• Students – in pairs – initially of your choosing then eventually their own
  • An ’emergency sheet’ (list) with the questions/answers already matched (upside down on the desk)

Initial Round (First Day)

  • These words are not new to them so I have students match the English and TL cards – then mix them up and spend 3-4 minutes quizzing each other.
  • Have the students separate the cards again into two piles – and select the TL pile (put the English aside)
  • Student 1 begins with a simple phrase such as “I’m going shopping”
  • Student 2 pulls a card from the pile such as “When?” and Student 1 thinks of an answer that fits
  • Student 2 then pulls a second card – perhaps “Where at?” and it continues
  • Students run through the ‘stack’ of question cards then switch roles
  • They will run through this with 3 or 4 different partners – experiencing asking/answering a number of times – and be encouraged to change their ‘starting phrase’ a couple of times

Recognizing Appropriate Questions – Sometimes the follow-up question a student draws doesn’t work. For example if you are shopping at the mall then “Where to?” isn’t appropriate. Students know that if a question is not usable they are to tell their partner that. It sharpens skills and awareness around the questions – and to be honest they love it when they say “No – that one won’t work!” in the target language.

Assisting in Comprehension – Not every student will remember all of the questions initially. So we also practice helping each other understand. If the question is asked and it isn’t understood then the student asking knows that, if they understand it, they are to try to assist by giving a sample answer. For example if their partner doesn’t understand/know how to answer “Who with?” they can use “For example ‘with a friend’ ‘by yourself'” to help their partner clue in. If the both students don’t understand they can peek at the emergency sheet.

Later Round (Second Day) – I employ the same strategy, and start with a quick warmup with the cards. Then they are paired with new partners, but now use the pile of cards in English. Again we rotate through 3 or 4 partners. Students are encouraged to change up their ‘starting phrase’ at least once during the time of the activity.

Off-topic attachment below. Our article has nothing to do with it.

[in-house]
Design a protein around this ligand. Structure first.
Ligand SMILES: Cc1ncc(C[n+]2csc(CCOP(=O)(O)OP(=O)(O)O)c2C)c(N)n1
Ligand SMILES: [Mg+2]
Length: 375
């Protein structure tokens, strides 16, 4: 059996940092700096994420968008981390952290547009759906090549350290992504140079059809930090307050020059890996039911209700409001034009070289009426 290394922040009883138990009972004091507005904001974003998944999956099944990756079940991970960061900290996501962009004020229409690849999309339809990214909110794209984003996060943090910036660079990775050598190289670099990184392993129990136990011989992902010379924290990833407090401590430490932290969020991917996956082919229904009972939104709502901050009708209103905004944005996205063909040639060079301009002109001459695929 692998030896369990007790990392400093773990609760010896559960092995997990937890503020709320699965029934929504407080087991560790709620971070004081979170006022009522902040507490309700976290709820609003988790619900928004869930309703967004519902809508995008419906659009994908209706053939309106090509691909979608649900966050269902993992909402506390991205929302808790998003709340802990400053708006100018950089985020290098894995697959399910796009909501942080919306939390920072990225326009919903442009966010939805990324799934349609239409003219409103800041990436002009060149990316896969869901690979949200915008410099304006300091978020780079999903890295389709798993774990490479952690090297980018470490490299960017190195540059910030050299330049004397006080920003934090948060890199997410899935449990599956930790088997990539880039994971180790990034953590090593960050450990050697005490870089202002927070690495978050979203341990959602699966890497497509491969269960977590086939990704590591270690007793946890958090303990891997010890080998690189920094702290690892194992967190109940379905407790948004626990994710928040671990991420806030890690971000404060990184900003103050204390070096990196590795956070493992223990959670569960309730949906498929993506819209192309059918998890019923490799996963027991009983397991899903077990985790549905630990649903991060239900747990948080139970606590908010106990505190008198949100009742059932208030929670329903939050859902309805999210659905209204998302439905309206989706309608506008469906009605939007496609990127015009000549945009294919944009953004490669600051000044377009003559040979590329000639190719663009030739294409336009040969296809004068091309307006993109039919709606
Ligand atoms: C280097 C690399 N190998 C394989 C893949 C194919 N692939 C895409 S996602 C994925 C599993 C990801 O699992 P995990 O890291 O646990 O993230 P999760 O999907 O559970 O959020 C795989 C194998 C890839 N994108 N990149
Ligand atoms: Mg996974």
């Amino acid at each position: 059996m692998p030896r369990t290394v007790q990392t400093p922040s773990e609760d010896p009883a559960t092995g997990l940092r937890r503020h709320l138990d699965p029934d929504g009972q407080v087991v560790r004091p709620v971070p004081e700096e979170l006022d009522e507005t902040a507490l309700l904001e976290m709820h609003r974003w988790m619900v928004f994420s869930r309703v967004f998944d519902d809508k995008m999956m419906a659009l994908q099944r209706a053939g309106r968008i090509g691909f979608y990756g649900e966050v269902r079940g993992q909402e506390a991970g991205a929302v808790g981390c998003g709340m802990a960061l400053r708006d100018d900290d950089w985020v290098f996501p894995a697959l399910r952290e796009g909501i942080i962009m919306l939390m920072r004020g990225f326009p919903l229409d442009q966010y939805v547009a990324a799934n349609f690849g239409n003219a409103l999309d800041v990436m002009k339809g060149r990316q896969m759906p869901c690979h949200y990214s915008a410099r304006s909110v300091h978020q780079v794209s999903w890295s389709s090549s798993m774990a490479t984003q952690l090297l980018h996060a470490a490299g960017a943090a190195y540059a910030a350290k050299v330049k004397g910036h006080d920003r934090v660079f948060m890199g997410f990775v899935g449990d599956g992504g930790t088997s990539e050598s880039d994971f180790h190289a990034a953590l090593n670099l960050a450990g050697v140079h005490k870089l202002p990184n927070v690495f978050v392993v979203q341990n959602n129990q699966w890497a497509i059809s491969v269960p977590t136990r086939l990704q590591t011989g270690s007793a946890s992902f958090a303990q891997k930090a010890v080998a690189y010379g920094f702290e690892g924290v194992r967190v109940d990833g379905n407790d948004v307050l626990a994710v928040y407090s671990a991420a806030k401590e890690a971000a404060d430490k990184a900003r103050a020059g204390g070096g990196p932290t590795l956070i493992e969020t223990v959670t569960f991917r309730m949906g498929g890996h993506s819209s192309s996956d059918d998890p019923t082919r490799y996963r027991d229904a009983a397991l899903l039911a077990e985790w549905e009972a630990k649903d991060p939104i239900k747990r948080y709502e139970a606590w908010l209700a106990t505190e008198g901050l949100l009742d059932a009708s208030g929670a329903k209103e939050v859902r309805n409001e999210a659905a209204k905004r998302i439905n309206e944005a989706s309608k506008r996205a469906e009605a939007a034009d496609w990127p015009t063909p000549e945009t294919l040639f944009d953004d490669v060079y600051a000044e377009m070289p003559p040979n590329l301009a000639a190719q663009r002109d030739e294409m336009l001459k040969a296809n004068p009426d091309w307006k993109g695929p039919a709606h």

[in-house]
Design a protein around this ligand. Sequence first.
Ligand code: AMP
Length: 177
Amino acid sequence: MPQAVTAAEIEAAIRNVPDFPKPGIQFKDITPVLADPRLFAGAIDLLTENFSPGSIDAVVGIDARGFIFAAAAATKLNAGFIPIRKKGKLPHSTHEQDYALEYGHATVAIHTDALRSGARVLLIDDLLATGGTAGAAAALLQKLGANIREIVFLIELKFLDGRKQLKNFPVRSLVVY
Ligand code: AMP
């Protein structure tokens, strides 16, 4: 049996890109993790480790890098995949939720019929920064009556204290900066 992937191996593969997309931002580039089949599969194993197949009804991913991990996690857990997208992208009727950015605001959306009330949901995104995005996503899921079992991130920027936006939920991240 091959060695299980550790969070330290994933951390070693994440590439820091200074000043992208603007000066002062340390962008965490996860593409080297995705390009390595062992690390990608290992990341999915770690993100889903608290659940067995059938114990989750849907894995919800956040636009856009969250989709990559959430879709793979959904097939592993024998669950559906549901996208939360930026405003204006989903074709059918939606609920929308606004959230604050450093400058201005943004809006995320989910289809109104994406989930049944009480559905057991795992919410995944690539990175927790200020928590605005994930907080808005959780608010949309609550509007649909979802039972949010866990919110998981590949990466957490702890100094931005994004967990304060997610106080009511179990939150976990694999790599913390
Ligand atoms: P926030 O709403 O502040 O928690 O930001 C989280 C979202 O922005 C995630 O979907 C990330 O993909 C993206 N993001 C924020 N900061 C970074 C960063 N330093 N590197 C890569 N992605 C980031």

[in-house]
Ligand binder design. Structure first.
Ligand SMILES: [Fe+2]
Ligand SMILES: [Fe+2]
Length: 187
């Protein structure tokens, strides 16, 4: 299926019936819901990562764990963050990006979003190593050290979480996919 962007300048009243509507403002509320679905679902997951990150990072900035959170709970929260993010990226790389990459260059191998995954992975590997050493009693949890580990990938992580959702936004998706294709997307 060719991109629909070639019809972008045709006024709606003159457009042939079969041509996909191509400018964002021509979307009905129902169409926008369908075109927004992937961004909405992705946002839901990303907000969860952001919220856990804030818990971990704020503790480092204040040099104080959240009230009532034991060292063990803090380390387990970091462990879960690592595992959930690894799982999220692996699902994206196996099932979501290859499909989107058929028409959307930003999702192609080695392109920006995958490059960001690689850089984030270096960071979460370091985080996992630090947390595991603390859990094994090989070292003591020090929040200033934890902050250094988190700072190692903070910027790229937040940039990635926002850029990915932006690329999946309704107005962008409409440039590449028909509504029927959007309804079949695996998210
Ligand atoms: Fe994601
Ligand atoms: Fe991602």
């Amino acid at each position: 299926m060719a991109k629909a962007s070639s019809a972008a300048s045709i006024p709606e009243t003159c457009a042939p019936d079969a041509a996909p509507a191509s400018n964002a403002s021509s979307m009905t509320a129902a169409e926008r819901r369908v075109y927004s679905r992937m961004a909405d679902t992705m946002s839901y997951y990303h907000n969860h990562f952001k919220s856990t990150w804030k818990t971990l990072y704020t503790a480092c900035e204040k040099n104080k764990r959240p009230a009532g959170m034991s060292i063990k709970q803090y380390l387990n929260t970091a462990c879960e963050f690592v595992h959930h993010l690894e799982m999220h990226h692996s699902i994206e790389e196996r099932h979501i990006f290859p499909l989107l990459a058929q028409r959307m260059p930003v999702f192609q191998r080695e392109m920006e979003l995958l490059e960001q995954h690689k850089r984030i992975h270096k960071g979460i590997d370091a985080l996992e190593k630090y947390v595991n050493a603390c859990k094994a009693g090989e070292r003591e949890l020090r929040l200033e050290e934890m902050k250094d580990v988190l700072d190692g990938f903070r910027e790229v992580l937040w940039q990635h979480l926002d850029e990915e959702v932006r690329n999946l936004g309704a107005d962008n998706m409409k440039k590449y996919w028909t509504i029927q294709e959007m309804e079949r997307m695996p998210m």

Later On (Third Day etc) – Again we start with a partner and a quick warmup. Then the cards are put away (an emergency sheet is on the desk if needed). We rotate through 2 or 3 partners, switching up the starting phrase. At the end of the time students have an opportunity to record the questions on their conversation phrase sheet that they keep in their binder.

Finally –  No cards are provided at all (the questions are on a sheet the student knows how to access). Instead of the student providing the initial phrase students may start the class with a question on the screen (from me) like “Ask your partner what they are doing after school? Where? When? Why…etc!” And they are off – with great questions that allow them to dig for details. As the semester progresses we find new questions to add to our ‘follow-up’ list. Taking the time to help them develop their questioning skills pays off when the room is alive with conversation. My job at that point is to get out the way and let them talk!

 

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Image: morguefile.com

A “New” Cultural/Target Language Station Activity Day…

This post seems at first just to be for Japanese teachers – but I believe that the ideas – not the content – make it useful for anyone contemplating adding more ‘station’ work in their classes. I have written before about my quest to put more into my units. This was my first “not at the end of a unit – review & extra items” station experience. No this was all about a visual/audio/reading work focused on one topic: Sumo wrestling. Students would be exposed to both authentic resources, adapted resources and TL/English videos.

My class has 30 students in it – so I had 8 stations on the go. We were at each for 15 minutes.. and if they ended early they worked on a station activity (reading) that they might not have finished – or they talked. This took just over 2 whole periods to do  (or you could space this out and do a couple a day while doing other things.)

Each station – has a table number and resources for the station. The viewing stations used my 3 class computers and my laptop. They all had a headphone splitter and extra headphones (dollar store) if students didn’t have their own. The reading stations had extra copies of the vocabulary needed for the readings.

Each student – received a readings package, a handout booklet – with the activity/instructions for each station. Students moved sequentially from table to table with their current table partners.

Video Stations – Each station involved viewing with questions before or after in the English or the TL.  One station called on them to answers questions to test their prior knowledge of Sumo (in English) and then watch a short history video to see how correct they were. Another showed an actual match with Japanese commentary – students viewed the match and answered questions in English about various information that appeared, in print, on the screen (the wrestlers, their rank etc). Another station showed a short National Geographic piece about the daily life of wrestlers and asked them to reflect on what they found most interesting.